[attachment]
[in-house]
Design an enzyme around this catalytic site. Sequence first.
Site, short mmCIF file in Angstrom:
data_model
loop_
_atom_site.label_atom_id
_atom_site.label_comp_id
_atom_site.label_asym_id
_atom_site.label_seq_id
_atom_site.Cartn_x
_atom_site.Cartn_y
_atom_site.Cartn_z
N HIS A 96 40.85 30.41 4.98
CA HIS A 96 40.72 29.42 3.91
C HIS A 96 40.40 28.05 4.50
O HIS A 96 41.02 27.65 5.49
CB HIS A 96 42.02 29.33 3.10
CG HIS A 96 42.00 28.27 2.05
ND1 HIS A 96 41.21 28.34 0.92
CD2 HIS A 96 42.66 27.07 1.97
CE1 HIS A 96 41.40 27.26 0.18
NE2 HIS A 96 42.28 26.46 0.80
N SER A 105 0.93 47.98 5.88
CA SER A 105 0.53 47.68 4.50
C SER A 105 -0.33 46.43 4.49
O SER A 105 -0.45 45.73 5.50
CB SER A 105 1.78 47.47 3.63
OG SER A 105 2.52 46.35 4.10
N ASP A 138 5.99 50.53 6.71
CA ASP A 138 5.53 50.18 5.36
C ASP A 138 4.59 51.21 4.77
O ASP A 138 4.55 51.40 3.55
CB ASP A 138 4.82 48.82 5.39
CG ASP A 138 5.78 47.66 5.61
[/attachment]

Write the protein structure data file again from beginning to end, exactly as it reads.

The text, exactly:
[in-house]
Design an enzyme around this catalytic site. Sequence first.
Site, short mmCIF file in Angstrom:
data_model
loop_
_atom_site.label_atom_id
_atom_site.label_comp_id
_atom_site.label_asym_id
_atom_site.label_seq_id
_atom_site.Cartn_x
_atom_site.Cartn_y
_atom_site.Cartn_z
N HIS A 96 40.85 30.41 4.98
CA HIS A 96 40.72 29.42 3.91
C HIS A 96 40.40 28.05 4.50
O HIS A 96 41.02 27.65 5.49
CB HIS A 96 42.02 29.33 3.10
CG HIS A 96 42.00 28.27 2.05
ND1 HIS A 96 41.21 28.34 0.92
CD2 HIS A 96 42.66 27.07 1.97
CE1 HIS A 96 41.40 27.26 0.18
NE2 HIS A 96 42.28 26.46 0.80
N SER A 105 0.93 47.98 5.88
CA SER A 105 0.53 47.68 4.50
C SER A 105 -0.33 46.43 4.49
O SER A 105 -0.45 45.73 5.50
CB SER A 105 1.78 47.47 3.63
OG SER A 105 2.52 46.35 4.10
N ASP A 138 5.99 50.53 6.71
CA ASP A 138 5.53 50.18 5.36
C ASP A 138 4.59 51.21 4.77
O ASP A 138 4.55 51.40 3.55
CB ASP A 138 4.82 48.82 5.39
CG ASP A 138 5.78 47.66 5.61